During ROI analyses, lower left PFC activation in SZ patients compared to controls and relatives during encoding, as well as lower PFC activation bilaterally during retrieval, in patients and relatives compared to controls was observed. There was no significant correlation between PFC activation with any clinical score across groups. Decreased activation within the PFC has been frequently reported in SZ (50). The PFC is known to be involved in the selection of items during recall (51); aberrant function during retrieval in SZ may indicate a failure in using efficient strategies (52, 53) leading to lower behavioral performance. This confirms the suggestion of a left-lateralized activation of the left PFC during encoding and a right-lateralized PFC activation during retrieval (9). Accordingly, Sperling et al. (11) reported a predominantly left-sided activation during the encoding of face-name pairs. Regarding our finding of mainly left-sided deactivation during encoding and bilateral deactivation during retrieval in SZ patients, this may be interpreted as a failure in normal left-lateralized encoding which may result in inferior task performance.

Regarding the activation pattern in the relatives group, we observed significant group contrasts in the right middle frontal gyrus, right superior parietal lobule, left lingual gyrus, left precuneus, left insula and in the right claustrum during encoding in contrast to controls. The observation of slight memory deficits, combined with minor functional abnormalities confirms the current knowledge from fMRI studies including first-degree relatives of SZ patients. For instance, Stolz et al. (18) reported the intermediate performance of relatives in episodic memory performance; they observed significant differences in the accuracy during retrieval exclusively. Accordingly, Skelley et al. (54) revealed deficits in first-degree relatives solely in verbal but not in visual episodic memory performance. This is in line with fMRI findings by Stolz et al. (18), who detected differences between relatives and controls during retrieval in the PFC, the thalamus and the insula (but not during encoding). Taken together, current knowledge leads to the assumption that relatives have subtle deficits in parts of the memory domain; underlined by minor fMRI differences; however, they may be able to compensate those alterations during certain conditions.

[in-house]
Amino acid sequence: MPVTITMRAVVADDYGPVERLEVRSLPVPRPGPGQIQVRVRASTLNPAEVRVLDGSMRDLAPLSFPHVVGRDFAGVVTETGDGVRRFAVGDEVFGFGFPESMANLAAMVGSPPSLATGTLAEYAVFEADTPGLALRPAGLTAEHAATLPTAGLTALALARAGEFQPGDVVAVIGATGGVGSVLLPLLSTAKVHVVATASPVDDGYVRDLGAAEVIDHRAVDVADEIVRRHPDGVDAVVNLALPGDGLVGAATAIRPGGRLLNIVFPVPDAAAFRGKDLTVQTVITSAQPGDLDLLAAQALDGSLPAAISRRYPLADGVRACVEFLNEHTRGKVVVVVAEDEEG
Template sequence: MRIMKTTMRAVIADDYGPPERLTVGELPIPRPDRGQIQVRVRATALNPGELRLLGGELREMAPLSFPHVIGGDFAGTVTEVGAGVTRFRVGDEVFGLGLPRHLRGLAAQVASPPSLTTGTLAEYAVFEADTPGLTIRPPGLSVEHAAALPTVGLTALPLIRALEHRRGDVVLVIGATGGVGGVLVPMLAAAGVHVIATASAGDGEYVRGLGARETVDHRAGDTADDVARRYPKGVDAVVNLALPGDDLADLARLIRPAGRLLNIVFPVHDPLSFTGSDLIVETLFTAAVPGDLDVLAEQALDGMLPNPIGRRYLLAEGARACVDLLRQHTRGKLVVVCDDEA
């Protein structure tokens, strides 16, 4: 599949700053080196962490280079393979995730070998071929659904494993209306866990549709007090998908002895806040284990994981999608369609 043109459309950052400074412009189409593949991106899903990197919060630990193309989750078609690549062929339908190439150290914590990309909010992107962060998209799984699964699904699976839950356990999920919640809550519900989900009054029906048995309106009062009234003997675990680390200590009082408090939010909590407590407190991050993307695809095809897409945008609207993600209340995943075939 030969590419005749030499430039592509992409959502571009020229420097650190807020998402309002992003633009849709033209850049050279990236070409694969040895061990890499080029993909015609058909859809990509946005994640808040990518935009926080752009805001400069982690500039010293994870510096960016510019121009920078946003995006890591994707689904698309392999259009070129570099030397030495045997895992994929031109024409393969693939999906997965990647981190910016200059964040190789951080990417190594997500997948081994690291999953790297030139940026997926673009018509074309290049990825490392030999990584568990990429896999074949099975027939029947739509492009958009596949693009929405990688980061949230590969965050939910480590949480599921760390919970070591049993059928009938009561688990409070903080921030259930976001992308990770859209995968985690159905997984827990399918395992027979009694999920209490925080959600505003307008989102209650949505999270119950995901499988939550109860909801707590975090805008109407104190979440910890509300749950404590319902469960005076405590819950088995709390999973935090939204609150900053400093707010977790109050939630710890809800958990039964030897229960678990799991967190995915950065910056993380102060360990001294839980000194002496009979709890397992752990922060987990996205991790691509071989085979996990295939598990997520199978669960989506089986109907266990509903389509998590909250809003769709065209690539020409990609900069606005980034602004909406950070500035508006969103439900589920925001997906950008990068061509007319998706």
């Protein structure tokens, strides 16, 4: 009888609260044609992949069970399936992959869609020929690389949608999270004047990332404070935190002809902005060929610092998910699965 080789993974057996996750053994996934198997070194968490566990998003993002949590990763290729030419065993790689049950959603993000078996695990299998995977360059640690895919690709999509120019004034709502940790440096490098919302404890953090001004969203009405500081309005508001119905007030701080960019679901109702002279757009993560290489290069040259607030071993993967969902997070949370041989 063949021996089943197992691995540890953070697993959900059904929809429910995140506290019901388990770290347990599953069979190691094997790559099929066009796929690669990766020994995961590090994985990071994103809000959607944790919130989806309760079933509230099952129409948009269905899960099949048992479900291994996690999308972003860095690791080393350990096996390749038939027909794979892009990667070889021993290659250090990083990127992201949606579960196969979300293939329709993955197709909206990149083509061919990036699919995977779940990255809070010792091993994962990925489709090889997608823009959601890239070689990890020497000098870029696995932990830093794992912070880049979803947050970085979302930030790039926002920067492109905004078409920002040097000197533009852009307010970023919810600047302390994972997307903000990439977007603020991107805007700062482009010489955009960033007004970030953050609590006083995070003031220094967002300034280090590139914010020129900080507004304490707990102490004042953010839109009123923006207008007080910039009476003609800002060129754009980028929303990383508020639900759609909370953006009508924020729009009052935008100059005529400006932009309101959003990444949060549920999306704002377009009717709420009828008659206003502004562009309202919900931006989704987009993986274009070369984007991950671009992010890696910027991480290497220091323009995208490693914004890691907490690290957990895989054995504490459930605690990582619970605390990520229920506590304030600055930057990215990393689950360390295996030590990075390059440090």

Strength and Limitations